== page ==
CEOs Exit the Trump Era With Reputations Intact
(Bloomberg Opinion) -- U.S. chief executive officers had a pretty good 2020 despite the ravages of the pandemic and a severe economic contraction. Polls show that the country’s biggest companies and its leaders are enjoying the highest levels of approval among the public relative to almost any other institution. As a group, they are perceived as capable and competent.
This stands in sharp contrast to the ineptness toward the Covid-19 pandemic exhibited by governments at every level. State and local leaders showed a spectrum of incompetence, but the failure was greatest at the federal level. The White House exhibited weak leadership, confused the public with misinformation, failing to even encourage mask wearing. Highly effective vaccines were created in a miraculously short period of time, only to have the Trump administration botch the vaccination roll out.
The role corporate leadership plays in society – economically, socially or politically – is sometimes overlooked. As a group, CEOs have a large impact on everything from technology to public policy. I tend more toward critic than cheerleader of the C-suite, but even I couldn’t help but notice the immense differences effective leadership made between the public and private sectors. Businesses and their leaders have not always been recognized as competent and trustworthy. Bankers were rightly blamed for being a major cause of the 2008-09 financial crisis.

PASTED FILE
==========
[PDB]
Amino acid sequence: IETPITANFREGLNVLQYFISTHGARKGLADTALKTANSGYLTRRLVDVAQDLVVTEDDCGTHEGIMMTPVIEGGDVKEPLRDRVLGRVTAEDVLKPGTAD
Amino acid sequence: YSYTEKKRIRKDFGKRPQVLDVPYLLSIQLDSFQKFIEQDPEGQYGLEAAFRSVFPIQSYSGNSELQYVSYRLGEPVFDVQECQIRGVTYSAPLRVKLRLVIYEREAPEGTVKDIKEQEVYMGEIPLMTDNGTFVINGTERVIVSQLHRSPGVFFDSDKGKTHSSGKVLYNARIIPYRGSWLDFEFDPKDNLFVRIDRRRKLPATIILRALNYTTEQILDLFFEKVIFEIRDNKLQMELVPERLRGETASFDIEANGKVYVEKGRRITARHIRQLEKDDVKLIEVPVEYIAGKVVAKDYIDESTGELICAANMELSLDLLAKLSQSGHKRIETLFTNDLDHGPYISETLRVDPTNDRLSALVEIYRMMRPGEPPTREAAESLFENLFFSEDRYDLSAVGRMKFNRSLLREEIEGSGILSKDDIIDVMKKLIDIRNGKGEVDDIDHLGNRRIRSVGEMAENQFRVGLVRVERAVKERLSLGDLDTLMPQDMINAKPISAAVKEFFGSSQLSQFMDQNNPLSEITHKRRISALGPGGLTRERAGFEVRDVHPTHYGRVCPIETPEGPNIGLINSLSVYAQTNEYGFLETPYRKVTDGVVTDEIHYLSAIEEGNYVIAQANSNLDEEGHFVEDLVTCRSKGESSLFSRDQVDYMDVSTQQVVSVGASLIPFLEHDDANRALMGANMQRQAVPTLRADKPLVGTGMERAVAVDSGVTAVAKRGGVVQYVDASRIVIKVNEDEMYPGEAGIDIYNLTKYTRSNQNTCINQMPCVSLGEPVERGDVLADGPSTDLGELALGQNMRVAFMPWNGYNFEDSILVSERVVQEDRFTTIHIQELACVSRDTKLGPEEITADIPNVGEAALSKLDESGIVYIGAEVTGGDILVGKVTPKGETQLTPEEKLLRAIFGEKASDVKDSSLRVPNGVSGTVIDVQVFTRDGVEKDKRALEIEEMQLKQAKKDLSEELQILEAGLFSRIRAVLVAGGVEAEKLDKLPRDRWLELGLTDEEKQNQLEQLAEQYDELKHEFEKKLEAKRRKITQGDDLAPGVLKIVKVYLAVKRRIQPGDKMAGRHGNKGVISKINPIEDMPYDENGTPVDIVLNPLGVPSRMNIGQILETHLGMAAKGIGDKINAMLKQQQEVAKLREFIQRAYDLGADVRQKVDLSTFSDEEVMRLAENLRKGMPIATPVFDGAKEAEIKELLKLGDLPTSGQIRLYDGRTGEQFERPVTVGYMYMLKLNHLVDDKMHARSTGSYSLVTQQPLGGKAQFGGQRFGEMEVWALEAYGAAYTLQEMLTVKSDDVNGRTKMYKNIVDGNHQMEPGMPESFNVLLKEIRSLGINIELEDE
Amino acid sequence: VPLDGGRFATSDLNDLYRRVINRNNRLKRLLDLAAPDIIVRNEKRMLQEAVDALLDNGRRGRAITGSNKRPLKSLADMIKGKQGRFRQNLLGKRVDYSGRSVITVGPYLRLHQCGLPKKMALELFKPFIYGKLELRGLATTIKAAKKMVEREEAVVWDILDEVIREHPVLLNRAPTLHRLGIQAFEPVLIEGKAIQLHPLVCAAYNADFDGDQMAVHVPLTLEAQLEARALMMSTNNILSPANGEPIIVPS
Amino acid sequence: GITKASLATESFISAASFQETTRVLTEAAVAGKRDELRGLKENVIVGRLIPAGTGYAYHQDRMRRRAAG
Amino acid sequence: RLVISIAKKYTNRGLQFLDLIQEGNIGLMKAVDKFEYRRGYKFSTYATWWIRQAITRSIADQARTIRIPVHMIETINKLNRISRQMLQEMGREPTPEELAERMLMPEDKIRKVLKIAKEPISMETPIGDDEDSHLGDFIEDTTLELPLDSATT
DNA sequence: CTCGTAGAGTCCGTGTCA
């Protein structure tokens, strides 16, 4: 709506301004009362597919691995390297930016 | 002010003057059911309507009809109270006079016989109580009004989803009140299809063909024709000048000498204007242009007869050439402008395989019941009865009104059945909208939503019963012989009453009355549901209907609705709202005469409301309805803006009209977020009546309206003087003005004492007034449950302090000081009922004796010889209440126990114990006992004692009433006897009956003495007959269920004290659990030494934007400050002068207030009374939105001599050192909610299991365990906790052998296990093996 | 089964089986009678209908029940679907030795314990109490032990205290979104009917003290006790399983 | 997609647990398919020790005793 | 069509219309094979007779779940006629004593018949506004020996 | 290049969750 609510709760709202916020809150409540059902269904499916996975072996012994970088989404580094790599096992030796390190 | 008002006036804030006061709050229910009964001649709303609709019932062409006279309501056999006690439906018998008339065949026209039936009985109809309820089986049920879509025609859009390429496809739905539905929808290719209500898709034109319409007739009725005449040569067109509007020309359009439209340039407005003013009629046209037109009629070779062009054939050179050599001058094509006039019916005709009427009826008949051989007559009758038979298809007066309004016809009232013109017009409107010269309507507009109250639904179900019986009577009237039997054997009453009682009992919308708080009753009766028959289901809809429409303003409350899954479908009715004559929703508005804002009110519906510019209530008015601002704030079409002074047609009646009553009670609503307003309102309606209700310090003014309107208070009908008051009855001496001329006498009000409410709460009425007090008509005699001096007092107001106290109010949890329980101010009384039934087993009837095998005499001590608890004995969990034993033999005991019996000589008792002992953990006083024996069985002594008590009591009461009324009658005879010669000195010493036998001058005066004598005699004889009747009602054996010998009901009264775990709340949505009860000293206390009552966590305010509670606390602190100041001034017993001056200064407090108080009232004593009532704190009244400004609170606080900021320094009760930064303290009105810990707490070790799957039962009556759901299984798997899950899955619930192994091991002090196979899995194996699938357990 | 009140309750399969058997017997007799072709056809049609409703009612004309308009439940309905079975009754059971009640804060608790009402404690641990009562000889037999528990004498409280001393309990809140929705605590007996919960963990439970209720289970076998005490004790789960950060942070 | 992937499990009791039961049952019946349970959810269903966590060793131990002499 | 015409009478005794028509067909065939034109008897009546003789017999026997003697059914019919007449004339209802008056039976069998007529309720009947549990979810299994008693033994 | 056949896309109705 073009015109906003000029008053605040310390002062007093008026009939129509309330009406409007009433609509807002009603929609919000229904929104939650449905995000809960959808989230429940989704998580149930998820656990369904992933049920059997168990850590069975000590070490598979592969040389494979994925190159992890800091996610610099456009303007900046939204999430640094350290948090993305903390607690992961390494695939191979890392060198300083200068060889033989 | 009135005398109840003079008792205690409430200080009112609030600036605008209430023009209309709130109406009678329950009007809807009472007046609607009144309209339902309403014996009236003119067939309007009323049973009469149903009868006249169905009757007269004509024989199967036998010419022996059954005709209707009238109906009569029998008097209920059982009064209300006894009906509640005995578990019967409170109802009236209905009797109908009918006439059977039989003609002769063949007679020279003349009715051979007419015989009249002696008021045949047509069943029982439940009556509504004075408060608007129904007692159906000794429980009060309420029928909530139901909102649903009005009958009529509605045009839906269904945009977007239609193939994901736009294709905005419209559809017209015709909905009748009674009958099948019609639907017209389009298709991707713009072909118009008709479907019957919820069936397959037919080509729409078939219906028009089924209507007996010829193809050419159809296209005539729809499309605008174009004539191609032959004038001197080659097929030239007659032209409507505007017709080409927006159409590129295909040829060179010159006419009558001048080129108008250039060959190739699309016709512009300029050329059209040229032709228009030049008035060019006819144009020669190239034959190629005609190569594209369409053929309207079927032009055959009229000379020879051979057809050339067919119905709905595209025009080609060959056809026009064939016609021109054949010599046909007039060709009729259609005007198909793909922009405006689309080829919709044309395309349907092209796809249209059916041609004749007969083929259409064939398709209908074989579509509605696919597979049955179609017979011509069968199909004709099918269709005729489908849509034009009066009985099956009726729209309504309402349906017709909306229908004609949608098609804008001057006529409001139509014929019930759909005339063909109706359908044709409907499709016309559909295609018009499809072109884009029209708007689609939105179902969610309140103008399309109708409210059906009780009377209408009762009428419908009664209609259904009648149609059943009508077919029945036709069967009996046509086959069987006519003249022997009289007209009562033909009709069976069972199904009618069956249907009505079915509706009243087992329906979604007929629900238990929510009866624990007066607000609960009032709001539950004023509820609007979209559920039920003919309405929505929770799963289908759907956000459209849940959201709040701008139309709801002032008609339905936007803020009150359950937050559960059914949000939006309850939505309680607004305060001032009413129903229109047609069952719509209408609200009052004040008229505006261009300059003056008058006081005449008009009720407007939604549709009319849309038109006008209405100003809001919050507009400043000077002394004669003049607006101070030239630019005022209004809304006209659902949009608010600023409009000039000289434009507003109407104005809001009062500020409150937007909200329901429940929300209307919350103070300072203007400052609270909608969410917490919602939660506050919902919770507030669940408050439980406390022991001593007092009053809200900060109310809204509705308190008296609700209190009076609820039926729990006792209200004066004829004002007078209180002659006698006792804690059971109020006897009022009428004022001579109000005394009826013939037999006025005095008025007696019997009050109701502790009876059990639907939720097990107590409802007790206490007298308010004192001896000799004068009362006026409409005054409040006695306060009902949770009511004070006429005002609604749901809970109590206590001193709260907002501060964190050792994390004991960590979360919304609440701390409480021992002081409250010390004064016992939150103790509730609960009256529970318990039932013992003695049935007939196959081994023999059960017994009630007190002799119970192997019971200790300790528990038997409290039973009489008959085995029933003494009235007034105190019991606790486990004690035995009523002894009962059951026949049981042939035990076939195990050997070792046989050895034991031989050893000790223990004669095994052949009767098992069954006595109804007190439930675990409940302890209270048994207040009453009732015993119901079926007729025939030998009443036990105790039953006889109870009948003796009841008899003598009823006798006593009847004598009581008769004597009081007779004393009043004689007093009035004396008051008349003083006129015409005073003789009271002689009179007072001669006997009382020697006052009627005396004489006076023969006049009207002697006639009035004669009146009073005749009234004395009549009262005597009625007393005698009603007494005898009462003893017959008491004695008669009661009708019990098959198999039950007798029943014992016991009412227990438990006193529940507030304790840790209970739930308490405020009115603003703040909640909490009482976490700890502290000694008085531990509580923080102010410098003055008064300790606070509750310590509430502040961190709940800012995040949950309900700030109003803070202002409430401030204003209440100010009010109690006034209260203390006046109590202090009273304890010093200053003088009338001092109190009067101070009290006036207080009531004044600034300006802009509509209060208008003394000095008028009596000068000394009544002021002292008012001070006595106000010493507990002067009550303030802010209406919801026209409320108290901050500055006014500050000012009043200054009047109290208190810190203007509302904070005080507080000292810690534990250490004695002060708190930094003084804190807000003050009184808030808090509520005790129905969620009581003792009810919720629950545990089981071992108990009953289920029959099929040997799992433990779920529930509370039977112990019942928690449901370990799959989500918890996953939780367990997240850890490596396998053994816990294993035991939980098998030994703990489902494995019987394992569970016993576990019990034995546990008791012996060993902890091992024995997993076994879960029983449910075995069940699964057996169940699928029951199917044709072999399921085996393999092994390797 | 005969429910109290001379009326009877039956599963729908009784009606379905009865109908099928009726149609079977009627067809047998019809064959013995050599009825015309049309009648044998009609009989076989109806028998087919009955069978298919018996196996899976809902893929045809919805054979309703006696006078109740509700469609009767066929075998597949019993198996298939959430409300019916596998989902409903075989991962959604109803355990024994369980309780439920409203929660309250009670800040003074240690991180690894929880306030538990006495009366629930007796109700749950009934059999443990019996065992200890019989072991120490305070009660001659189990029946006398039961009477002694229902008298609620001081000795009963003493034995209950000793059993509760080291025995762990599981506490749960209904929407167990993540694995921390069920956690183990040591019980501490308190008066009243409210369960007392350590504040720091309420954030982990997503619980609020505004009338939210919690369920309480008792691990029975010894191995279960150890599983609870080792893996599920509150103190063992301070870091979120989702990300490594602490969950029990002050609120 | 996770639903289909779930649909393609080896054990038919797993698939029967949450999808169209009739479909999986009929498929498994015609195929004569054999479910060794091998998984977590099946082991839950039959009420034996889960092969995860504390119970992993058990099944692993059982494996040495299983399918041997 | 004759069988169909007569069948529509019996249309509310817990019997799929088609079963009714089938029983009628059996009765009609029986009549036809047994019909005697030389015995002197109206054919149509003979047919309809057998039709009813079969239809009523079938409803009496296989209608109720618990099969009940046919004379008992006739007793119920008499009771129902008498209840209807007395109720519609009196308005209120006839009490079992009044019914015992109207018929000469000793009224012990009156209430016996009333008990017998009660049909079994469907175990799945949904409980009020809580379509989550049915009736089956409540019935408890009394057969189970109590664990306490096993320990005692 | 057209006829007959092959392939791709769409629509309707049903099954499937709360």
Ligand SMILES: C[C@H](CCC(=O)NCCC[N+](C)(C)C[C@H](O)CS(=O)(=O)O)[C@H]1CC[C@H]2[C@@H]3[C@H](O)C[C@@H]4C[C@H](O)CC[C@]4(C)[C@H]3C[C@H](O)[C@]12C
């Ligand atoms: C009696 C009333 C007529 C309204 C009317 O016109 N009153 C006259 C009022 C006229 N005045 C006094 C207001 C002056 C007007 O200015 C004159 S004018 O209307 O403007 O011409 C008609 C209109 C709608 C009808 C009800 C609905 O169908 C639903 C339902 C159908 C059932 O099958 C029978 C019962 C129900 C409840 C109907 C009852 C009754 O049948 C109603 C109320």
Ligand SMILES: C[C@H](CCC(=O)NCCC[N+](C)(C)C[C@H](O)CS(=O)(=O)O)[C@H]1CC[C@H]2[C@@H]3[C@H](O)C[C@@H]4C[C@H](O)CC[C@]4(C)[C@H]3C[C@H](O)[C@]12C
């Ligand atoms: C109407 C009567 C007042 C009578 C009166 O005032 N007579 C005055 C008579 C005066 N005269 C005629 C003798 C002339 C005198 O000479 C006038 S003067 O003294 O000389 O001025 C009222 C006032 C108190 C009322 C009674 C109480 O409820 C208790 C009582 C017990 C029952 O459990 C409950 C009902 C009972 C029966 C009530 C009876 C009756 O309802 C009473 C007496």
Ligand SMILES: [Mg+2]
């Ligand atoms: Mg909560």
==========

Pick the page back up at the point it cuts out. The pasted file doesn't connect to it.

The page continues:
It’s too early to tell if this was a “one-off,” with executives rising to the occasion – something leaders tend to do – or the beginning of a permanent change in corporate behavior. Perhaps the high profile announcement in August 2019 by the Business Roundtable, a group that lobbies on behalf of Corporate America, that "shareholder primacy” is no longer the sole purpose of a corporation, but should include a commitment to “all stakeholders,” which includes customers, employees, suppliers and local communities, was more than a mere public relations ploy. Consider the role played by CEOs over the past 12 months: